Worse, if you don't have a response and make one up, your team will lose faith in you.
If you're arranging a school fundraiser for a charity, for example, go on the organization's website for tips on how to put the event together.
If you're in charge of an engineering team, study everything you can about the products you're working on, go to professional development events, and remain current on new technologies and software.
Seek a mentor with greater experience. Even if you're in a high-ranking job, there's always an opportunity for improvement. Make contact with a leader you appreciate. You may invite them to a coffee or lunch meeting, or inquire if they'd be interested in serving as a long-term mentor.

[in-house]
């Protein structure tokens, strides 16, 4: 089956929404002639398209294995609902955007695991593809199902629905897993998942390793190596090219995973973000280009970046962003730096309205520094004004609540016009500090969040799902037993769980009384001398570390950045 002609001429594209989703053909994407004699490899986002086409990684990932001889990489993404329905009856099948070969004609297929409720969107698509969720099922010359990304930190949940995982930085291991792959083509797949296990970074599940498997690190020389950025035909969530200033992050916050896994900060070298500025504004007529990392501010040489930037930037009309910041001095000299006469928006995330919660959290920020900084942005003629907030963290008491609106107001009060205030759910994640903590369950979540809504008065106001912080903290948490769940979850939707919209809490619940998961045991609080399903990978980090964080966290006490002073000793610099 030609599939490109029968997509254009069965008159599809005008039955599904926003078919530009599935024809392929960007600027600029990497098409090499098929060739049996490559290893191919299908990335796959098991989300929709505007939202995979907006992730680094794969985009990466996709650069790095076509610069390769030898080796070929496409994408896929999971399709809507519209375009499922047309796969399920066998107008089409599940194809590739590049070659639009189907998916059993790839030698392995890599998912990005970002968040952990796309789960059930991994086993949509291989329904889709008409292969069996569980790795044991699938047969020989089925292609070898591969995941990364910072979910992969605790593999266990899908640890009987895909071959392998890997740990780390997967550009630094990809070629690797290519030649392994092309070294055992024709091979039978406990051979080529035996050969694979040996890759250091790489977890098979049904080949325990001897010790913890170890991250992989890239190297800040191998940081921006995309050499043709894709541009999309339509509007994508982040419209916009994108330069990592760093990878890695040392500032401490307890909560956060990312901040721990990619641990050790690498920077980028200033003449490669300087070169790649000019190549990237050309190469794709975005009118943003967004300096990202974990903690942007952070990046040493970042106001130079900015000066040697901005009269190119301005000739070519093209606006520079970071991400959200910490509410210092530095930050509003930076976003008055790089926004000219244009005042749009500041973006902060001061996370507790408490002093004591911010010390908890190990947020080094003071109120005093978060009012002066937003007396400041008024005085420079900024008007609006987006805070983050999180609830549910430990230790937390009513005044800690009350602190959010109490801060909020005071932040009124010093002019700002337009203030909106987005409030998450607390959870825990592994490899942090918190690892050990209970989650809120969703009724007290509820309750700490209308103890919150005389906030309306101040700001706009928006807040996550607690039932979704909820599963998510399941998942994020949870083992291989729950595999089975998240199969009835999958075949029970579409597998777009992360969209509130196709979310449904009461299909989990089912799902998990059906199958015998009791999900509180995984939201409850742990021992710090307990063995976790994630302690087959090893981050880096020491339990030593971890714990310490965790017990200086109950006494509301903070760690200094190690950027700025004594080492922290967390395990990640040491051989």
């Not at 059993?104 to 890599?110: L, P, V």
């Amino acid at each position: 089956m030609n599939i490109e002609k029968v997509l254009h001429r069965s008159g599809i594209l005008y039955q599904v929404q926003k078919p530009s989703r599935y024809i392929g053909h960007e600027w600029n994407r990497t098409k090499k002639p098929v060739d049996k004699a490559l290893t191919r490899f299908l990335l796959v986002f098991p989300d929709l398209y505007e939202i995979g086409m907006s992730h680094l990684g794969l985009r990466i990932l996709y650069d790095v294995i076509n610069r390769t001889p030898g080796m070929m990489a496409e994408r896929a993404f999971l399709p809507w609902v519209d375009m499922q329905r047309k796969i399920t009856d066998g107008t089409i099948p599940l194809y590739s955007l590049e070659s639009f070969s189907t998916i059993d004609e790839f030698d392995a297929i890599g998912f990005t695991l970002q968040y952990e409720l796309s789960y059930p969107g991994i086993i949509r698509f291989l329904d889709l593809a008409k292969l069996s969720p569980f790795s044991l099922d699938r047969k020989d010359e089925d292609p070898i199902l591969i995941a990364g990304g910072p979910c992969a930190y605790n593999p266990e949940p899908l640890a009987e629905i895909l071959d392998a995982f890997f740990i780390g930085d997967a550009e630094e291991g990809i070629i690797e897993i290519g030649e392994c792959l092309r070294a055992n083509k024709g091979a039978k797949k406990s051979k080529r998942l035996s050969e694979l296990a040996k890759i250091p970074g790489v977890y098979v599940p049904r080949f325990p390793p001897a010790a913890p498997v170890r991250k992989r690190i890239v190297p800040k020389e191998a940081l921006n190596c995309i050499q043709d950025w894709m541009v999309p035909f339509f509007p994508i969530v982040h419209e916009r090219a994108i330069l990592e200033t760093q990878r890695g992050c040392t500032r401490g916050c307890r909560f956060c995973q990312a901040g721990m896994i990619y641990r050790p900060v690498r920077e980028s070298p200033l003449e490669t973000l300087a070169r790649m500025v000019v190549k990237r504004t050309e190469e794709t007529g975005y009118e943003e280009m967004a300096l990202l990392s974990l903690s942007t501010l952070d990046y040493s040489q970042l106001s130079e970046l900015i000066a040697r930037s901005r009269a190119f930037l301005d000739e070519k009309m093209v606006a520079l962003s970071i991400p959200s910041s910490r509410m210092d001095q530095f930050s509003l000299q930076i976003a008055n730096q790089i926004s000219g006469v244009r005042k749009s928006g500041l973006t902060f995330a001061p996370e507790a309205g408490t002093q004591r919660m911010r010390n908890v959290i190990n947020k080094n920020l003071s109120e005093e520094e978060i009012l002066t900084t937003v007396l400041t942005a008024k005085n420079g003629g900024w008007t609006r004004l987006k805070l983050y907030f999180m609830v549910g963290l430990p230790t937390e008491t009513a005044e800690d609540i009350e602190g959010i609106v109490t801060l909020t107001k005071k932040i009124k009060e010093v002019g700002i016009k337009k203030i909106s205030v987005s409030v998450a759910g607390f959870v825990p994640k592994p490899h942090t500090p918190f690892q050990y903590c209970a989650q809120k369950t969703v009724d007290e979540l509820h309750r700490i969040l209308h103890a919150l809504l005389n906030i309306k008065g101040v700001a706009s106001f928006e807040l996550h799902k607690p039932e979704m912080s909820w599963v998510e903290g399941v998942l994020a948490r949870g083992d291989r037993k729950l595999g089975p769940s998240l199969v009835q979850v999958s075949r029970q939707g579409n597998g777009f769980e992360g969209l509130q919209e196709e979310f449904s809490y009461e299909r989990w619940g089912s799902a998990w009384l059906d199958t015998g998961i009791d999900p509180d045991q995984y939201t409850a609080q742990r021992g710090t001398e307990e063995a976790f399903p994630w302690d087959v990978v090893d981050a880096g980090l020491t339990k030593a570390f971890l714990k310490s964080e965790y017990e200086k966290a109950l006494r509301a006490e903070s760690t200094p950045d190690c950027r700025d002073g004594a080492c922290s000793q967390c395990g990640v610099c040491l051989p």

Seek role models who have overcome obstacles and achieved comparable goals to yours. Attend public speaking engagements by women in leadership positions if you are a young woman in high school or college, for example.
Acquire dispute resolution skills. Tell team members to calm down if they're having a heated argument. If necessary, have them rest for a while. Determine what is causing the issue and take action to resolve it.
Maintain objectivity while attempting to understand each person's viewpoint. If a win-win situation can be found, try your hardest to reach an agreement.
Maintain your firmness while remaining compassionate. You must set clear standards and boundaries as a leader. If you don't mix authority with compassion, though, your team will turn against you.